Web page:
“Normalize” is a word of the moment. But it, along with the idea of normalization, goes back to the 1800s. The earliest uses documented in the Oxford English Dictionary are related to biological processes, but one is a clear predecessor to today’s uses. A New York Times article from 1864 discusses how “. . . attempts to normalize despotism display the impotency as well as the malignity of the Executive.” The normalization of despotism is exactly what so many fear today.
Biological functions, despotism, you name it: Just about anything can be normalized. You can normalize orthography by making it more uniform or normalize your breathing after heavy exercise. There are types of normalization specific to math, metallurgy, and computing. Data normalization reduces redundancies, creating data that are more uniform and therefore easy to analyze. One meaning from psychology seems particularly relevant to recent events. According to the OED, normalization can mean “The subconscious process whereby the mental image of a shape, pattern, etc., is changed to resemble something more familiar.” In political terms, that can mean a nonpolitician elected to the presidency becomes just another guy in the White House.
How do you make a better world? And what will it cost?
Nisi Shawl’s historical fantasy Everfair (2016) starts with a simple but bold image: that of a Frenchwoman passionately in love with her bicycle. Lisette Toutournier spins through the Gallic countryside atop the vehicle, facing her future, enchanted by the freeing and somewhat illicit possibilities of this technology. Her life will be fueled by a perpetual curiosity to know how machines work — by a fierce wonder at science’s stimulating gifts — and this curiosity will rocket her across the globe to Africa, Europe, and the United States as one the founders of a new Central African nation called Everfair at the turn of the 20th century. Together, her colleagues plan a nation where such things as slavery, class exploitation, gender oppression, and colonialism will vanish.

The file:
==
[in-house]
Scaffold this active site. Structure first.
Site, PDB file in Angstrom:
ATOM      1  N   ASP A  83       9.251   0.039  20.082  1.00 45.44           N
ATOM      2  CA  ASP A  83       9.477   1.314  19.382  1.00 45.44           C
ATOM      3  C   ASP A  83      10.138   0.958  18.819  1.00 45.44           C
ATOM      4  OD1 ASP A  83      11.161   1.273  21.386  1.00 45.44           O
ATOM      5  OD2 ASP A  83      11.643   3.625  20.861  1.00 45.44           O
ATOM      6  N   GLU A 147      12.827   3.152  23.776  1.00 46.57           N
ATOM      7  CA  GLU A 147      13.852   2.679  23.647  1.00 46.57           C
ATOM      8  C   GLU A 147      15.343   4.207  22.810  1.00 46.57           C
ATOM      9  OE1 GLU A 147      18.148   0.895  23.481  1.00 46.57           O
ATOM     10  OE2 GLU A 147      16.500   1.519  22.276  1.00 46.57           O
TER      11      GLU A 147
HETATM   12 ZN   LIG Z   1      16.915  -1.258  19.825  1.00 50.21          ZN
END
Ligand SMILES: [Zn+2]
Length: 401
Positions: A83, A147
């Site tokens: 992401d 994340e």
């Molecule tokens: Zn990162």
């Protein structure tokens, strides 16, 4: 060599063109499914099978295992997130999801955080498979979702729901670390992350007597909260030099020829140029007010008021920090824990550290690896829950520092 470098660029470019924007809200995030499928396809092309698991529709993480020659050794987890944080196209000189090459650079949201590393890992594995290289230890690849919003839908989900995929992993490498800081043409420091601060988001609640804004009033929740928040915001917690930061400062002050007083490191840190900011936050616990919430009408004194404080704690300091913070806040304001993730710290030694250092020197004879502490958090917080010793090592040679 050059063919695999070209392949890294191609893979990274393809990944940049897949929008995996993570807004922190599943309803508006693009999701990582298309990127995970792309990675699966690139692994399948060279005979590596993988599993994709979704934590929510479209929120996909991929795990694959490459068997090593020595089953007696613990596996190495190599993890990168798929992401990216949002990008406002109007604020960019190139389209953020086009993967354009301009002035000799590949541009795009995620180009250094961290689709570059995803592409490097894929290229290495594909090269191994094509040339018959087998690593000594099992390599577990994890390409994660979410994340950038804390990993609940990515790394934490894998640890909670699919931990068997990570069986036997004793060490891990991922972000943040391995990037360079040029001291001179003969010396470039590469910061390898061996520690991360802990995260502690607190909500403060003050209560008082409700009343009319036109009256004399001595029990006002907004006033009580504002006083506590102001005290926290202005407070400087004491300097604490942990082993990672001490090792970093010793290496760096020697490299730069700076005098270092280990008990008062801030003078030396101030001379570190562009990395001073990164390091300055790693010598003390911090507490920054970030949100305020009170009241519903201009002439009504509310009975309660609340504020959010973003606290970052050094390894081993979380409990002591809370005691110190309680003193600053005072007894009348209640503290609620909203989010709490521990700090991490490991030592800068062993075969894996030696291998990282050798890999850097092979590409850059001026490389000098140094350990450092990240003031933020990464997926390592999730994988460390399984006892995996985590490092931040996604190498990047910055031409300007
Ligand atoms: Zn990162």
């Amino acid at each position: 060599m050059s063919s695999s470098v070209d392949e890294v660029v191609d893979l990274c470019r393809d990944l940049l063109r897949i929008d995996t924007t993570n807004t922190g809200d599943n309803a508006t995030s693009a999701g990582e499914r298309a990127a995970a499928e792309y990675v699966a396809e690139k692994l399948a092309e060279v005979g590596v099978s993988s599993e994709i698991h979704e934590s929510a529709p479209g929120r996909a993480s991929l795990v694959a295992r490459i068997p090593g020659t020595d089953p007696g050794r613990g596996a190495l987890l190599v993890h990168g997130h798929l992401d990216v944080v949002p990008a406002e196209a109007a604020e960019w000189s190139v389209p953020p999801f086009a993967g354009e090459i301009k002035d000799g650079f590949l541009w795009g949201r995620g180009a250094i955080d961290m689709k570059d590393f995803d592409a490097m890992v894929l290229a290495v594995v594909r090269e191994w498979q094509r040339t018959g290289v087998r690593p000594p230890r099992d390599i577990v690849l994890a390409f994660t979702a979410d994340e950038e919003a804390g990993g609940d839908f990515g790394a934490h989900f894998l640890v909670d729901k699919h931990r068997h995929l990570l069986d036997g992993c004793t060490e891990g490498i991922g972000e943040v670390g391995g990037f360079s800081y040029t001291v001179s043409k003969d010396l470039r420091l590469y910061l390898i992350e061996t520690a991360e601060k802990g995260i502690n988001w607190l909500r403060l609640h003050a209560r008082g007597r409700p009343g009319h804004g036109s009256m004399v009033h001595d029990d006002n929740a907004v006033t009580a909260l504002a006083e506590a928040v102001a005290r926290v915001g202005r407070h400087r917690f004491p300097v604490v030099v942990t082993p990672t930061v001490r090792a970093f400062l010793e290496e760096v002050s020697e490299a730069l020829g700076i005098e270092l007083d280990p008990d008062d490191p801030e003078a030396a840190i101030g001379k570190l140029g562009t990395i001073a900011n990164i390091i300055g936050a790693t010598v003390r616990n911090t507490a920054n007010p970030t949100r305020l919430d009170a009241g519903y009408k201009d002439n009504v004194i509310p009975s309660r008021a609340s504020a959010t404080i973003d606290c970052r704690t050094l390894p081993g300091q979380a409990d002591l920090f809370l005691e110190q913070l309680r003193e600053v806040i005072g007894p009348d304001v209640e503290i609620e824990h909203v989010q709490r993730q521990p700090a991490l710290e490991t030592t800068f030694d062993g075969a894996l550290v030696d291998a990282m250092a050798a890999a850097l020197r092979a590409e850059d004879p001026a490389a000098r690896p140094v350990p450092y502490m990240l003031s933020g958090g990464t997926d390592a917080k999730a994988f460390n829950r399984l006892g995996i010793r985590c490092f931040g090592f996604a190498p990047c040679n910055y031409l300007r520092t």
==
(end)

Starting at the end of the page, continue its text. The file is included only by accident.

None of the co-founders of Everfair, however, are quite prepared for the way collaboration and the challenges of building and sustaining a community will alter the trajectories of their dreams. The members of this eager coalition, the ruling Grand Mote of the new country, purchase land from the so-called Congo Free State, determined to make a better world. However, they carry with them their own prejudices and passions, and they frequently stumble over their own limitations and wrestle with the eccentricities of their fellows. They all struggle to learn what it takes for an ideal to survive politics, illness, compromise, and war. In this portrayal, Shawl invites readers to explore the challenges of world-building, both in the speculative sense of creating an alternate history and in the political sense of organizing a diverse and functioning society.
How strange to return to Kafka. It takes just a few pages for all our preconceptions about literature to become unmoored. The old tools — character, plot, style — are useless to us; those solemn tomes of theory might as well be returned to their exile on the lower shelves; the recourse to undergraduate Freudianism had better be checked. None of it will guide us here. Erich Heller once wrote of the “pathetic plight of critics in the face of Kafka’s novels.” How one sympathizes! Kafka’s entire oeuvre is an assault on interpretation, on meaning; it is the most formidable rebuttal in the history of literature to the undying but misguided question: “What does this text mean?”
And yet, ironically, few authors are so burdened with the cargo of meaning as Kafka. In the century or so since his work was first introduced to a reading public, he has been hustled in under a plethora of interpretive awnings: Judaism, Christianity, Psychoanalysis, the Holocaust, Communism, Symbolism, Existentialism — you name it. He is the prophet of 20th-century atrocity; a slapstick vaudevillian in the Buster Keaton mold; the grim reaper of post-religious modernity. He either founded a new genre or dissolved all of them. Kafka himself seemed to intuit this: “I am the end or the beginning,” he wrote.